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OK, we've had it. Let's round up the pitchforks and torches and storm the gates. Our fury has its roots at both ends of the social-economic spectrum. At one end are some malefactors at the highest reaches of corporate America. At the other, we see unions holding us hostage with hopelessly unsustainable retirement health and pension benefits.

I'm reminded of the story of an executive at Drexel Burnham (a firm long gone) who was so enraged at receiving his inadequate $16 million year-end bonus check that he threw it on the floor and started jumping up and down on it while screaming obscenities at his hapless boss.

In the same vein, last Sunday's New York Times ran a long, full-page story of the demise of Merrill Lynch, chronicled the downfall of CEO John Thain, and pointed out that in the crisis he had hired two of his former Goldman Sachs colleagues. One was paid $25 million to come to work, and he has since left. The other was paid $35 million and he is still there, but he insisted on taking a two-week "vacation" before coming to work. Meanwhile, Merrill was in its death spiral while this would-be savior was "on break."

John Thain himself took a two-week vacation in December to ski at his home in Vail, expressing a fit of pique because the bank had refused to pay him the $40 million he had demanded for selling his bankrupt firm to Bank of America,

Who are these people? What kind of system do we tolerate that allows them to exist in corporate America? I can understand someone making a lot of money when they start a company and build it over many years, like Bill Gates or Larry Ellison.

What I don't understand is the logic of paying someone with little more than a mastery of corporate politics to parachute in to a CEO slot and be paid an obscene amount of money for results that will largely be determined by random events — events like the overall stock market conditions, economic conditions, industry conditions or the results of corporate planning and investment based on decisions made years earlier.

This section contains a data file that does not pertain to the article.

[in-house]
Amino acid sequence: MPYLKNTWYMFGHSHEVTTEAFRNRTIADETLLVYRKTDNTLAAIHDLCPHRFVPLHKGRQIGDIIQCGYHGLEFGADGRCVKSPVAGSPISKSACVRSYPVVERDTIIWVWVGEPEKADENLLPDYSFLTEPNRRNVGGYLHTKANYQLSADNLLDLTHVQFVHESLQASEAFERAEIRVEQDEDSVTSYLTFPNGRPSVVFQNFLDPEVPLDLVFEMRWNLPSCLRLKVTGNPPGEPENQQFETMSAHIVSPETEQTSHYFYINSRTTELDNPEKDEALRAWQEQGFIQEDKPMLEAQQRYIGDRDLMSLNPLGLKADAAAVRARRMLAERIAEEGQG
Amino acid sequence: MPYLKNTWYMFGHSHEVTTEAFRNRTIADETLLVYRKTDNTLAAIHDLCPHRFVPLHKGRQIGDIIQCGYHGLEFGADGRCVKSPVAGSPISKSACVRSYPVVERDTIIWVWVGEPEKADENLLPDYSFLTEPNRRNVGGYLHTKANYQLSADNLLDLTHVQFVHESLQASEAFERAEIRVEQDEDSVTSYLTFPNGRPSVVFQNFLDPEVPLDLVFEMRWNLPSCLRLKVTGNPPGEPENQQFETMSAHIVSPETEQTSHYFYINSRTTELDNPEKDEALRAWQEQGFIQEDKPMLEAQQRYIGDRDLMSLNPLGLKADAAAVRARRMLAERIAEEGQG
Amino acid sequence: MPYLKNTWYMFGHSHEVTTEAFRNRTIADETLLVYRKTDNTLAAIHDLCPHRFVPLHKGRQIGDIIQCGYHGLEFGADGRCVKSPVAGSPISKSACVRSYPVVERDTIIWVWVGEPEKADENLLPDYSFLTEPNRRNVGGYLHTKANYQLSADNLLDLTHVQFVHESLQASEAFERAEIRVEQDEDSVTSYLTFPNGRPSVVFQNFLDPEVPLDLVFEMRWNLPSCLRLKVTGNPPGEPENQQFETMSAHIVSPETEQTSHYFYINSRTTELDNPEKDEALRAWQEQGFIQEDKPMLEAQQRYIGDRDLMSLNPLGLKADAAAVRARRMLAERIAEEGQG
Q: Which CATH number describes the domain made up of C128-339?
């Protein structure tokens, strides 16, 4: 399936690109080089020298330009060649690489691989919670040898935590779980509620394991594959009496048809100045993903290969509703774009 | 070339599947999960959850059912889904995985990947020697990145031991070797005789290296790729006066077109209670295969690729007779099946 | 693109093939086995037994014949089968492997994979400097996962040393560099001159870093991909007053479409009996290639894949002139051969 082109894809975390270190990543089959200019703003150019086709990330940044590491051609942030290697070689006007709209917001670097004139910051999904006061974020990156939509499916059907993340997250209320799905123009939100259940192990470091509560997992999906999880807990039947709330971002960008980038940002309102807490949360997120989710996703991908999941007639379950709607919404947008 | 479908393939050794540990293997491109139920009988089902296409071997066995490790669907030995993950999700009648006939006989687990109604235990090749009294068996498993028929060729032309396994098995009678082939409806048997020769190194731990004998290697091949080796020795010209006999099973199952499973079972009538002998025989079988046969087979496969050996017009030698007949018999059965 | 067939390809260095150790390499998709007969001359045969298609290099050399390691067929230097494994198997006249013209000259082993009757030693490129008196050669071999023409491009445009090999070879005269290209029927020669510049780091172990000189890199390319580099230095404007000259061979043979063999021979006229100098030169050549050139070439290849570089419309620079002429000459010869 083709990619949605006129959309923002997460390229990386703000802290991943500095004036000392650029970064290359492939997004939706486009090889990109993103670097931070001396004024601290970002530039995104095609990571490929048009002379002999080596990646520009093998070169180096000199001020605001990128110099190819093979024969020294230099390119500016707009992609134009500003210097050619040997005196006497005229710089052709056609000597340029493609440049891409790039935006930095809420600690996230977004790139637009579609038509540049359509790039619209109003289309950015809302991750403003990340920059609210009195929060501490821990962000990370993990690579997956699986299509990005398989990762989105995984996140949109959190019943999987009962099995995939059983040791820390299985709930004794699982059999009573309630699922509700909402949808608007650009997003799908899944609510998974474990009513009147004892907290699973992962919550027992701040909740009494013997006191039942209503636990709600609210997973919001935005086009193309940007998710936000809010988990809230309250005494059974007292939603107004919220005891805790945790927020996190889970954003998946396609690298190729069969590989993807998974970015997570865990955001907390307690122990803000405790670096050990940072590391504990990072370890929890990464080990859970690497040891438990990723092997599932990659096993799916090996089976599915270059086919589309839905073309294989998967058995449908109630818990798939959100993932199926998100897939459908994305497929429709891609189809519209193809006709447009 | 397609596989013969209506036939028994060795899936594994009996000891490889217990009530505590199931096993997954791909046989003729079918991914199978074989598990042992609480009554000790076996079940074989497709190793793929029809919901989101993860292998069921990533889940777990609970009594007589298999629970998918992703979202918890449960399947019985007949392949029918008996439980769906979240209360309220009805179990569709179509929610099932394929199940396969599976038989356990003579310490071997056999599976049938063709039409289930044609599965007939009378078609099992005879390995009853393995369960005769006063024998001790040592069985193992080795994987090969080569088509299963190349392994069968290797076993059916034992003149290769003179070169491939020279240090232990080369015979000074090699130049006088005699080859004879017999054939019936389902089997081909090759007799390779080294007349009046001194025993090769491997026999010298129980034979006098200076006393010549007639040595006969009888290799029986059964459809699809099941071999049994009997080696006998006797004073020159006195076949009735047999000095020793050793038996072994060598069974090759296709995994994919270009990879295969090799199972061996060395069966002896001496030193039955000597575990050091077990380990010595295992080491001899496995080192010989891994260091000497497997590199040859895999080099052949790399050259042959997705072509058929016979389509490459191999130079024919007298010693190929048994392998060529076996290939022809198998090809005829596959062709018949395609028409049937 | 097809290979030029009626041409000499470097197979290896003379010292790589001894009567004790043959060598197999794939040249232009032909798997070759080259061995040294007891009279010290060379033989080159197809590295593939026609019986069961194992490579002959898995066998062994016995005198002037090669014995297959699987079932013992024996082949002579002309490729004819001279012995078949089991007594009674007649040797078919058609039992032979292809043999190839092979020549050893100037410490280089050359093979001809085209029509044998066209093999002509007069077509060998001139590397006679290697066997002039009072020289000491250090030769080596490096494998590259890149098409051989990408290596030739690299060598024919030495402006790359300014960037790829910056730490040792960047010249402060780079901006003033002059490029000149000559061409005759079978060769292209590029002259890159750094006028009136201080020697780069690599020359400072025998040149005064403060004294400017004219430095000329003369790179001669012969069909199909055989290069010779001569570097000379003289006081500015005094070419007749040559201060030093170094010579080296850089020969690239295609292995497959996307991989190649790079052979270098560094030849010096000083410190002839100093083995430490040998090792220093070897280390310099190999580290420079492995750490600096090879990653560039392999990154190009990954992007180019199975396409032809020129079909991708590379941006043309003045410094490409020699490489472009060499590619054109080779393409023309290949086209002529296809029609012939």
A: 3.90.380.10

In other words, "luck." No other industrialized country tolerates corporate governance that has run this amuck.

On the union side, let's look at governments because they impact all of us. Our state's new four-day workweek for some is a step in the right direction. Cutting work time by one-fifth would reduce costs by 20 percent.

For most state and local government administrative jobs, the same amount of work will undoubtedly get done.

Think about the DMV. How inconvenient is it to have just four days a week available. Online, they're there 24/7.

I say, "Bring on the furlough at any government showing signs of financial distress." Bring back the fifth day only when we desperately need it.

Let a few cities like Vallejo go bankrupt. This will trigger a restructuring of retirement benefits to something reasonable. How unreasonable are they? Check out the latest Forbes magazine article entitled "Guilt-edged Pensions." If enough local governments actually do go bankrupt, the rest will see the handwriting on the wall.

Most unions will see the value of dealing today with a solvent institution instead of a bankruptcy judge with "cram-down power" over those pension benefits. Once bankrupt, all bets are off and membership could wind up with next to nothing. If you're a public servant looking forward to that $400,000 inflation-adjusted annual retirement income 25 years after retiring at age 55, here's a nice visual image: Bodie — that ghost town on the back side of the Sierra's. Imagine trying to wring retirement plan funding out of the long-gone citizens of that place. Settle for something reasonable while your benefactor still exists.

As for the corporate governance issue, we have the leverage right now to heighten the obligations of corporate directors and establish enforceable guidelines for executive compensation.

Thanks to IRA and 401(k) plans, there is a huge fiduciary obligation spread over 80 million citizens to an extent that didn't exist 20 years ago.

Directors themselves should reflect on this and come up with their own solution before the rest of us rise up and sue them out of existence.

They can start by banning compensation consultants from boardrooms.

Then, ban directors who serve as corporate executives elsewhere from serving on compensation committees.

In the meantime, the rest of us can be fighting to make this law. Sharpen those tines and light those torches.

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